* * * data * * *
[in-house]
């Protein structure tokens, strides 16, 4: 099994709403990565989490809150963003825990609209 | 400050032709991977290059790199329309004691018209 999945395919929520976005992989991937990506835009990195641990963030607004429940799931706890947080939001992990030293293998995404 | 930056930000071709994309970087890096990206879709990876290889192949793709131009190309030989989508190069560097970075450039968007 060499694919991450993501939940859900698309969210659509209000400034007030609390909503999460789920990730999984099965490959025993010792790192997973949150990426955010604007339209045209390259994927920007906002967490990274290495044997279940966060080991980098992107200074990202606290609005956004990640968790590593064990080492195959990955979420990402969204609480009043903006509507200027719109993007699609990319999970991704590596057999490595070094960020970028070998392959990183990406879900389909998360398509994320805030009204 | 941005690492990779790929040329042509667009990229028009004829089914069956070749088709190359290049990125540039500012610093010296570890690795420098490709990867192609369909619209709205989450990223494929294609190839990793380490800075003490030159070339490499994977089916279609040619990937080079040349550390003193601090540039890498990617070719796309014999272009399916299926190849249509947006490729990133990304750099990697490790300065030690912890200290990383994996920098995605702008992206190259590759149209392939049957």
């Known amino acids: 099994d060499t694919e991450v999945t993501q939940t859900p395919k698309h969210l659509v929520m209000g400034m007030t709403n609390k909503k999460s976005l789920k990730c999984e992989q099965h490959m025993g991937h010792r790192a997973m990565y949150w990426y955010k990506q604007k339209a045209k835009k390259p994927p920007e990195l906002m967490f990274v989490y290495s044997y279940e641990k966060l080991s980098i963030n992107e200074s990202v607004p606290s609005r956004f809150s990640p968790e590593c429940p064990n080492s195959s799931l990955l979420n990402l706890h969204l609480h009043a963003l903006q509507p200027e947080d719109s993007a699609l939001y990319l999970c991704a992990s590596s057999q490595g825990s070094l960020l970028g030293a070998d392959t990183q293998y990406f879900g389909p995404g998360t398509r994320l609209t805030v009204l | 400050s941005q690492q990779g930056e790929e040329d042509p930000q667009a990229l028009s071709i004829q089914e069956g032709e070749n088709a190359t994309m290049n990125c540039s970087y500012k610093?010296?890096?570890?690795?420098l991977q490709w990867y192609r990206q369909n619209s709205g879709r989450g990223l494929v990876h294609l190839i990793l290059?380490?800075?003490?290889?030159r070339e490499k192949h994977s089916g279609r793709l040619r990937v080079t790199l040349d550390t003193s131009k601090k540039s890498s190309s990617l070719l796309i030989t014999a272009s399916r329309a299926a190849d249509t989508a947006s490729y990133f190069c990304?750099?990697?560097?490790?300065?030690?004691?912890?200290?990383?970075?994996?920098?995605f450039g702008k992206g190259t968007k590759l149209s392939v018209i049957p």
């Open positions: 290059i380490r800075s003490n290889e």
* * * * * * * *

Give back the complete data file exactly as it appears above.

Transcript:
[in-house]
């Protein structure tokens, strides 16, 4: 099994709403990565989490809150963003825990609209 | 400050032709991977290059790199329309004691018209 999945395919929520976005992989991937990506835009990195641990963030607004429940799931706890947080939001992990030293293998995404 | 930056930000071709994309970087890096990206879709990876290889192949793709131009190309030989989508190069560097970075450039968007 060499694919991450993501939940859900698309969210659509209000400034007030609390909503999460789920990730999984099965490959025993010792790192997973949150990426955010604007339209045209390259994927920007906002967490990274290495044997279940966060080991980098992107200074990202606290609005956004990640968790590593064990080492195959990955979420990402969204609480009043903006509507200027719109993007699609990319999970991704590596057999490595070094960020970028070998392959990183990406879900389909998360398509994320805030009204 | 941005690492990779790929040329042509667009990229028009004829089914069956070749088709190359290049990125540039500012610093010296570890690795420098490709990867192609369909619209709205989450990223494929294609190839990793380490800075003490030159070339490499994977089916279609040619990937080079040349550390003193601090540039890498990617070719796309014999272009399916299926190849249509947006490729990133990304750099990697490790300065030690912890200290990383994996920098995605702008992206190259590759149209392939049957």
């Known amino acids: 099994d060499t694919e991450v999945t993501q939940t859900p395919k698309h969210l659509v929520m209000g400034m007030t709403n609390k909503k999460s976005l789920k990730c999984e992989q099965h490959m025993g991937h010792r790192a997973m990565y949150w990426y955010k990506q604007k339209a045209k835009k390259p994927p920007e990195l906002m967490f990274v989490y290495s044997y279940e641990k966060l080991s980098i963030n992107e200074s990202v607004p606290s609005r956004f809150s990640p968790e590593c429940p064990n080492s195959s799931l990955l979420n990402l706890h969204l609480h009043a963003l903006q509507p200027e947080d719109s993007a699609l939001y990319l999970c991704a992990s590596s057999q490595g825990s070094l960020l970028g030293a070998d392959t990183q293998y990406f879900g389909p995404g998360t398509r994320l609209t805030v009204l | 400050s941005q690492q990779g930056e790929e040329d042509p930000q667009a990229l028009s071709i004829q089914e069956g032709e070749n088709a190359t994309m290049n990125c540039s970087y500012k610093?010296?890096?570890?690795?420098l991977q490709w990867y192609r990206q369909n619209s709205g879709r989450g990223l494929v990876h294609l190839i990793l290059?380490?800075?003490?290889?030159r070339e490499k192949h994977s089916g279609r793709l040619r990937v080079t790199l040349d550390t003193s131009k601090k540039s890498s190309s990617l070719l796309i030989t014999a272009s399916r329309a299926a190849d249509t989508a947006s490729y990133f190069c990304?750099?990697?560097?490790?300065?030690?004691?912890?200290?990383?970075?994996?920098?995605f450039g702008k992206g190259t968007k590759l149209s392939v018209i049957p």
């Open positions: 290059i380490r800075s003490n290889e």